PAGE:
December 18, 2017

Esther, Part 1: Setting, Structure, and Themes

Layton Talbert

FrontLine • September/October 2007

At a Glance: Ezra Part 1Ezra Part 2Nehemiah Part 1Nehemiah Part 2

The last four installments of this column have surveyed the late historical books of Ezra and Nehemiah. The chronological companion of those two records is the book of Esther. This column has already addressed Esther, but that was over thirteen years ago (March/April 1994). To round out this survey of these late historical books, then, it will be worth revisiting Esther now. This two-installment column, however, will be much more than a mere rerun.

Background

Historical Setting. The story of Esther is set in Susa, the capital of the Persian Empire, during the reign of Ahasuerus (his Aramaic name), better known by his Greek name of Xerxes (485–464 bc). The events of Esther spanned about a decade of Xerxes’ reign (482–473)—a timeframe that fell between Judah’s first return to Jerusalem and completion of the temple (536–516) and the second return under Ezra to Jerusalem (458). The dates may be traced from the following texts:

  • 1:3—482 bc, Xerxes deposes Queen Vashti
  • 2:16—478 bc, Xerxes makes Esther his queen
  • 3:7—473 bc , Haman plots Jewish genocide

Extrabiblical history tells us that Xerxes’ massive military campaign against the Greeks fell between the events of Esther 1 and 2. In fact, Xerxes’ feast in Esther 1 may have doubled as strategy sessions for the upcoming Greek campaign. Xerxes’ initial success at Thermopylae was followed by a stinging defeat in the famous battles at Salamis (480) and Plataea (479). It was not until after his return from this campaign that Xerxes turned his attention again to the domestic issue of choosing a new queen.

Prophetic Setting. A remarkable angelic prophecy revealed to Daniel sixty years earlier predicts the royal succession after Cyrus (10:1), in whose first year—539—the Jews returned. The prophecy passes over “three kings” to focus on “a fourth” who “shall be far richer than they all” and would “stir up all against the realm of Grecia” (Dan. 11:2). History fills in the names of those kings. The succession of rulers following Cyrus was as follows:

  1. Cambyses—a cruel tyrant (530–522 BC)
  2. Pseudo-Smerdis—reigned only one year (522)
  3. Darius I—under his reign Persia flourished (522–486)
  4. Xerxes I—Ahasuerus of the book of Esther (485–464)

The prophetic mention of Xerxes’ great wealth corresponds to the descriptions in Esther 1. Xerxes also “stirred up all against the realm of Greece” by leading a huge but disastrous expedition against Greece in 480 (partly to avenge his father Darius’ defeat at Marathon in 490). As the Book of Esther opens, Xerxes is laying plans that will fulfill, directly and voluntarily but unwittingly, a prophecy revealed to and through Daniel sixty years earlier. These military pursuits explain his rather odd distraction from the Vashti affair hinted at in Esther 2:1. Xerxes’ campaign against Greece fills the gap between the opening feast in chapter 1 (in Xerxes’ third year, 482) and the accession of Esther as queen in chapter 2 (in Xerxes’ seventh year, 478).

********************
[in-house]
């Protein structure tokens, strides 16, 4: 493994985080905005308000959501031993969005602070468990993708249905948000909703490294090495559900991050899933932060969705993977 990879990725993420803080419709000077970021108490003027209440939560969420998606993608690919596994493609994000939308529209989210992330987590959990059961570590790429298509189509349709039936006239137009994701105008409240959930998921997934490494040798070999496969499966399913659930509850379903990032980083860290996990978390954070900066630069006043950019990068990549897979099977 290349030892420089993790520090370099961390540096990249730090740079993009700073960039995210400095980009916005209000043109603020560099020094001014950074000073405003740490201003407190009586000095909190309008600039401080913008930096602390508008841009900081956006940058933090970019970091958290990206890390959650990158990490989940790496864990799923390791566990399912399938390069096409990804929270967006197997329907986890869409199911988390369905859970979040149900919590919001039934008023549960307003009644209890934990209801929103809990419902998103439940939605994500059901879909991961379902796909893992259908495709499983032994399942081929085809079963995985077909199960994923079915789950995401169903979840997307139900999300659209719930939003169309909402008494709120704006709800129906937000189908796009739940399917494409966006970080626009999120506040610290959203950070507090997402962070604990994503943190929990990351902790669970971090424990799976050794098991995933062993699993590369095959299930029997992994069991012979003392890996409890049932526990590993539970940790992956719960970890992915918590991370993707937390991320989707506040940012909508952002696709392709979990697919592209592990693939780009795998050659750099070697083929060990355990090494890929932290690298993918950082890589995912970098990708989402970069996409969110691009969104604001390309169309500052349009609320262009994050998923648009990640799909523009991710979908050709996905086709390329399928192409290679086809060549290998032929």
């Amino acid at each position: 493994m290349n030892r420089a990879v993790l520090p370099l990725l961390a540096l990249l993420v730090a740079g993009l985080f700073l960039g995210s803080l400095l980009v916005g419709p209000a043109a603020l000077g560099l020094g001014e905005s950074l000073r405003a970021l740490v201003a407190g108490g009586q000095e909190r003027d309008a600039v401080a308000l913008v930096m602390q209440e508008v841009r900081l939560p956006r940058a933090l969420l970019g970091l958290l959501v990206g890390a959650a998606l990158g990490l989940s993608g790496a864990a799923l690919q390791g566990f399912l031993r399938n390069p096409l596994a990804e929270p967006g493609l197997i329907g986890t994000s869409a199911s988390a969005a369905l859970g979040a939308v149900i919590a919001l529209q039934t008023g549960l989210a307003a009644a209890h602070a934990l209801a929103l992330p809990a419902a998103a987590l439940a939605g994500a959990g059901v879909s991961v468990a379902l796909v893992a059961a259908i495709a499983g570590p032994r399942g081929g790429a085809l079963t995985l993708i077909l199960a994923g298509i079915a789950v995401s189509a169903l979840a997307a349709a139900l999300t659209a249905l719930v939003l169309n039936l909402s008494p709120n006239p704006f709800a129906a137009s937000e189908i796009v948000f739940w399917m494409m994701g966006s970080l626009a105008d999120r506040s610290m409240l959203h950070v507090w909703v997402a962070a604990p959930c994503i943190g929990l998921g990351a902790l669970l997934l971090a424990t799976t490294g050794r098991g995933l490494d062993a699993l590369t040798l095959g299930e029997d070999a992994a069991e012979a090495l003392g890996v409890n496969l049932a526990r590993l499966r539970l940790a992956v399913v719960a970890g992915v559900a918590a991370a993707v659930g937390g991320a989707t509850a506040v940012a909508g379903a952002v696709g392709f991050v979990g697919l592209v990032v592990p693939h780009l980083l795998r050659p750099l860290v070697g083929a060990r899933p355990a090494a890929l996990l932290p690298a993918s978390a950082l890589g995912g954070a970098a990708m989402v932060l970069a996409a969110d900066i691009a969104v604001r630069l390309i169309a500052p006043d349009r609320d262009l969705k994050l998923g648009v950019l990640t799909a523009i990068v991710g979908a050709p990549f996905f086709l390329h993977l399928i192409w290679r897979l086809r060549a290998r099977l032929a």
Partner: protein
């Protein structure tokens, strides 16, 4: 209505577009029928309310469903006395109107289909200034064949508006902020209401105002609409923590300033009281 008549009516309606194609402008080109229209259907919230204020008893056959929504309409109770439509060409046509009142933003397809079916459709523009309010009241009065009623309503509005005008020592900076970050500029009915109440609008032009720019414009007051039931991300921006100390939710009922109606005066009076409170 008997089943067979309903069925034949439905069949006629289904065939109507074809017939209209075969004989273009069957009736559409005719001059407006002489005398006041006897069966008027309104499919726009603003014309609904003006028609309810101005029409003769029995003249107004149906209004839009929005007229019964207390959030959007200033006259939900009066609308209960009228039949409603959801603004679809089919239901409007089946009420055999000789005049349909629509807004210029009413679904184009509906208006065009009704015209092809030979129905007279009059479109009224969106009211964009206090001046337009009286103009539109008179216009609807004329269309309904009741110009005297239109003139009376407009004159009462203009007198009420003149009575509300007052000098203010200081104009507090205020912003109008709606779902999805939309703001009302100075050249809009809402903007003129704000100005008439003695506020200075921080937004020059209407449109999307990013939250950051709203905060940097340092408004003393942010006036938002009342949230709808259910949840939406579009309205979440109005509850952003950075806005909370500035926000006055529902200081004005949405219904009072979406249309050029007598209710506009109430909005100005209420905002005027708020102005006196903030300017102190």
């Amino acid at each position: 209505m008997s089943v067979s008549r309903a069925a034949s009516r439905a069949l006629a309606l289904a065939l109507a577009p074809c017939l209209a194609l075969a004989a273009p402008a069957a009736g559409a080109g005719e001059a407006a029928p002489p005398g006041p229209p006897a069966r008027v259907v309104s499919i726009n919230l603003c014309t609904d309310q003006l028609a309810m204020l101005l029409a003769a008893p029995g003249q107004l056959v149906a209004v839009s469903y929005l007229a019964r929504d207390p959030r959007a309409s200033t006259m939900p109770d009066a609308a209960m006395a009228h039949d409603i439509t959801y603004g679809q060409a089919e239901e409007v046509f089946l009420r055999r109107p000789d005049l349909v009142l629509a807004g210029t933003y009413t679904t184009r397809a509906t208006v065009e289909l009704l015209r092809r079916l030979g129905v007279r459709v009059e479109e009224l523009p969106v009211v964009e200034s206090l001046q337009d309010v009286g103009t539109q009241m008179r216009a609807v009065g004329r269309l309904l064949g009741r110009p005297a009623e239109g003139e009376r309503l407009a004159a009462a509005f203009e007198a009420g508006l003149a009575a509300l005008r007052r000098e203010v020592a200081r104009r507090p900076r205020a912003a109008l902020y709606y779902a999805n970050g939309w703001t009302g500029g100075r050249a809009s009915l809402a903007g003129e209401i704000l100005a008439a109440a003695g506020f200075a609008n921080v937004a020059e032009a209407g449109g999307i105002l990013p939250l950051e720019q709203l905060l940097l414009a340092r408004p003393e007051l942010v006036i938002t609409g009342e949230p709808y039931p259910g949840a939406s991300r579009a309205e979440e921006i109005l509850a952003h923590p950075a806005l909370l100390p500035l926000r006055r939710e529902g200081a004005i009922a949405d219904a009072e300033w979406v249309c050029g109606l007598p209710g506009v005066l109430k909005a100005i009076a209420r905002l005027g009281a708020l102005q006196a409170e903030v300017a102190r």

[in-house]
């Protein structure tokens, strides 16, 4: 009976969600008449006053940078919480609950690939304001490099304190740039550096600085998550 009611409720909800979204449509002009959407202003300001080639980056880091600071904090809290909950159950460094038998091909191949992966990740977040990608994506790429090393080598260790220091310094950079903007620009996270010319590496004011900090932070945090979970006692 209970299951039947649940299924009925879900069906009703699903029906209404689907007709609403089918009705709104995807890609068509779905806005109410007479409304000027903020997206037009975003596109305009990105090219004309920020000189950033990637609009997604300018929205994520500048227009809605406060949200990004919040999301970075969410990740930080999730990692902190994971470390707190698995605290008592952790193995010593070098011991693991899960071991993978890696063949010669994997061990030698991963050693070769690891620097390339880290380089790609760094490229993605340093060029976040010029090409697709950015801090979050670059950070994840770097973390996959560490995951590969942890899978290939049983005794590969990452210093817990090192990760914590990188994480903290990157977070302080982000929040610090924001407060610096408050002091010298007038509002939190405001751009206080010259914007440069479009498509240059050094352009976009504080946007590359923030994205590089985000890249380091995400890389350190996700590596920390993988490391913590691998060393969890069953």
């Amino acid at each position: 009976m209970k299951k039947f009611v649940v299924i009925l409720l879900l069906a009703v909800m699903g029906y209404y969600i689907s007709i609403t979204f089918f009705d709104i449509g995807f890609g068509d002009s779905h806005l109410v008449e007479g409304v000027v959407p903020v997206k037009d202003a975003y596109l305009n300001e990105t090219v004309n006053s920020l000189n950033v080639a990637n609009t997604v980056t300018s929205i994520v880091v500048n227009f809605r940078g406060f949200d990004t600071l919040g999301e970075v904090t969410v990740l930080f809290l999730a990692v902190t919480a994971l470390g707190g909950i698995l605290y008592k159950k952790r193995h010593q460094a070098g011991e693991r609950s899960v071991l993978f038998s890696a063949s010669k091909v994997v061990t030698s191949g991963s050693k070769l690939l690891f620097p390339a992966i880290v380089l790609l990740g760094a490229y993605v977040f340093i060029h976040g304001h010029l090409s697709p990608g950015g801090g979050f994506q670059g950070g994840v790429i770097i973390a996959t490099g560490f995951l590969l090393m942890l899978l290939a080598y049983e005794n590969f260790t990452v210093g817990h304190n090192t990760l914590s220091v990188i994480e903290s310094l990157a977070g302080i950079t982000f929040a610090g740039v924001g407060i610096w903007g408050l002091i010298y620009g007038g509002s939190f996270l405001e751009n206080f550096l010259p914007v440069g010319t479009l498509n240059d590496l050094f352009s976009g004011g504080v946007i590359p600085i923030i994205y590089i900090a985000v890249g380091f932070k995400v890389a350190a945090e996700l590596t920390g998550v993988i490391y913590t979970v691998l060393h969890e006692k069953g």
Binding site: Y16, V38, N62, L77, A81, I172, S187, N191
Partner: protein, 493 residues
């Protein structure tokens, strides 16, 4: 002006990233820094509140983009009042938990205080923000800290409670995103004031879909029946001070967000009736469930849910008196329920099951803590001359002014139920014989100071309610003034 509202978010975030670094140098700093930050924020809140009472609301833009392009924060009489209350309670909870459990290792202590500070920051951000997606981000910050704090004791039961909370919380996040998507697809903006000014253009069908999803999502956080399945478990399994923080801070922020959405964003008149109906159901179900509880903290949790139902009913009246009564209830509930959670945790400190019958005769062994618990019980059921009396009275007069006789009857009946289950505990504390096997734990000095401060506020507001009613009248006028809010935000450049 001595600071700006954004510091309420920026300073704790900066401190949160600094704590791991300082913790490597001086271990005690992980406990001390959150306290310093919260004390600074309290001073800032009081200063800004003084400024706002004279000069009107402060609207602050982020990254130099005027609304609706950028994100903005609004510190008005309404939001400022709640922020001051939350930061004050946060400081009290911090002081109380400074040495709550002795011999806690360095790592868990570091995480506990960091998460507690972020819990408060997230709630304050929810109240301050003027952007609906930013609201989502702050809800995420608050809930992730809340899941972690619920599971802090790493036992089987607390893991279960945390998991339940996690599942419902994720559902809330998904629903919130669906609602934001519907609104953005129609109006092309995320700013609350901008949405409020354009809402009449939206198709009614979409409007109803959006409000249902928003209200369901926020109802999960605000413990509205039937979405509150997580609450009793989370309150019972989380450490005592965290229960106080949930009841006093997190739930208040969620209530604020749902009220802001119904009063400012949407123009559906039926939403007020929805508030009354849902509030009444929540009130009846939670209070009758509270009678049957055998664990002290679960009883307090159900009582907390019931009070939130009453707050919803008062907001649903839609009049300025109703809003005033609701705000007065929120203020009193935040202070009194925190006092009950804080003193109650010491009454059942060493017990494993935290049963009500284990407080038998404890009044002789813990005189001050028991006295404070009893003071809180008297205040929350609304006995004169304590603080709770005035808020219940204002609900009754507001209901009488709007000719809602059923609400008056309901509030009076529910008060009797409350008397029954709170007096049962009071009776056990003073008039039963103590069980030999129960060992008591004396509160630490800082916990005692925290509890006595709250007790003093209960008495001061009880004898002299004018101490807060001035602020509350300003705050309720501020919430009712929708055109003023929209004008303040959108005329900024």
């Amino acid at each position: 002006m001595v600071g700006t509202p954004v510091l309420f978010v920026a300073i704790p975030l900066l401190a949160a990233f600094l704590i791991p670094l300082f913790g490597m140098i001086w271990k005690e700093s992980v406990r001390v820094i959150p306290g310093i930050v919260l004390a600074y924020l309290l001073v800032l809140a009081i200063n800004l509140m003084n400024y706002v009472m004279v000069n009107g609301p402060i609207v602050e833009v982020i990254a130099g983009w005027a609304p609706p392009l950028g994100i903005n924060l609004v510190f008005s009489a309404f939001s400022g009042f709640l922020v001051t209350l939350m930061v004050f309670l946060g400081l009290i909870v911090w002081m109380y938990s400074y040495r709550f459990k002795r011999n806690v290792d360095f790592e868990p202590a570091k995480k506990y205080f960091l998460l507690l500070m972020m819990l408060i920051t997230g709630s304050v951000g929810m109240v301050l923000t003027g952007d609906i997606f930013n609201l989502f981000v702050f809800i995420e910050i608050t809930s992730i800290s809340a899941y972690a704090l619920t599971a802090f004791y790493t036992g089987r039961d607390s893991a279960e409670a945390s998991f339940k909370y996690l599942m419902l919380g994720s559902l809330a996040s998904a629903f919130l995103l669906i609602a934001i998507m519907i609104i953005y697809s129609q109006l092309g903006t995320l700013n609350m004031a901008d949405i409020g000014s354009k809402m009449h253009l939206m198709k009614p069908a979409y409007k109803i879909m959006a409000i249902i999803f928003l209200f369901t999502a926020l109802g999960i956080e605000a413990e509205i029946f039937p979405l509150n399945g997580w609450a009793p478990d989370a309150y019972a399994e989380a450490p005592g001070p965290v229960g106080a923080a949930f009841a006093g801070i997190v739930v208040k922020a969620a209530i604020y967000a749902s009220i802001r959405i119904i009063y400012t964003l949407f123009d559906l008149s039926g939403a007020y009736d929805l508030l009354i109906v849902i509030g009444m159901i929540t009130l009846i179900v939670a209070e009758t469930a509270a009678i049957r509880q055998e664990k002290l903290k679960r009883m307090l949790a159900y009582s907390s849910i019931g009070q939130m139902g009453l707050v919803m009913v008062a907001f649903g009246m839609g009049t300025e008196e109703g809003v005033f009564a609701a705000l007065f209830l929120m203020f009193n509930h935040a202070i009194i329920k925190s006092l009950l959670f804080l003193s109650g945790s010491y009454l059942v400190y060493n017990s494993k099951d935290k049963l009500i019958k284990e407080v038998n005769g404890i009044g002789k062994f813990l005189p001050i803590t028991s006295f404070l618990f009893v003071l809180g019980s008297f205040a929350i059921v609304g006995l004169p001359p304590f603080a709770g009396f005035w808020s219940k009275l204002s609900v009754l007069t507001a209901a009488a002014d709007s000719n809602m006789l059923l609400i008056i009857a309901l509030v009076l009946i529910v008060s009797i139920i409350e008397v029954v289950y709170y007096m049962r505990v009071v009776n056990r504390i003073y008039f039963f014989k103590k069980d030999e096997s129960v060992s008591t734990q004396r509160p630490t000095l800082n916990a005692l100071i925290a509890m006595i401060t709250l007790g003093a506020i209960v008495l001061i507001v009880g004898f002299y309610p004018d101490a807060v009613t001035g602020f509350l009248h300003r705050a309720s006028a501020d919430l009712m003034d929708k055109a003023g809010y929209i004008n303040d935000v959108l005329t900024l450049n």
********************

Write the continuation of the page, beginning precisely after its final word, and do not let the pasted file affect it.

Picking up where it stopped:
Cosmic Setting. The earthly events of Esther unfold against the prophetic background of the prophecy in Daniel 11:2; but Daniel 11:2 is unveiled against the cosmic background Daniel 10:12, 13, and 10:20–11:1. These verses describe the cosmic warfare over angelic influence of earthly rulers and affairs. The danger encountered and recorded in the Book of Esther is not just about a genocidal threat posed to God’s people by an arrogant and angry upstart prince. The larger invisible dimension of spiritual warfare must never be forgotten or underestimated, especially when God’s people and purposes are involved. Just as more was at stake in the establishment of the Jews’ temple in Ezra and the Jews’ city in Nehemiah, the human confrontation recorded in the story of Esther is the earthly reflection of a spiritual war in the heavens. Satan maintains an intense interest in disrupting the plans and promises of God rooted in the ongoing existence and welfare of Israel. This is not just ancient history; regardless of one’s ecclesiological orientation (whether covenant or dispensational), no one who believes in the providence of God can dismiss the events since 1948 as accidental, insignificant, or unremarkable.

Structure

Esther is a multilayered literary tapestry. Though nonfictional, the book’s organization follows a standard narrative structure, crafted along the lines of what we would call a dramatic short story.

Exposition (1–2)sets the stage for the story

  • After a six-month “open house,” King Xerxes throws a lavish weeklong feast and calls for Queen Vashti to appear. When she refuses, the humiliated and enraged monarch deposes her and makes her a public example (1).
  • Xerxes seeks new queen and chooses Esther, who happens to be a Jew (2:1–20).
  • Foreshadowing Incident: Mordecai uncovers assassination plot against Xerxes and saves the king’s life, an act recorded in the royal records but not rewarded (2:21–23).

Crisis (3)the inciting incident that creates tension/conflict

  • Crisis Incident: Haman promoted; Mordecai offends; Haman plots (3:1–6).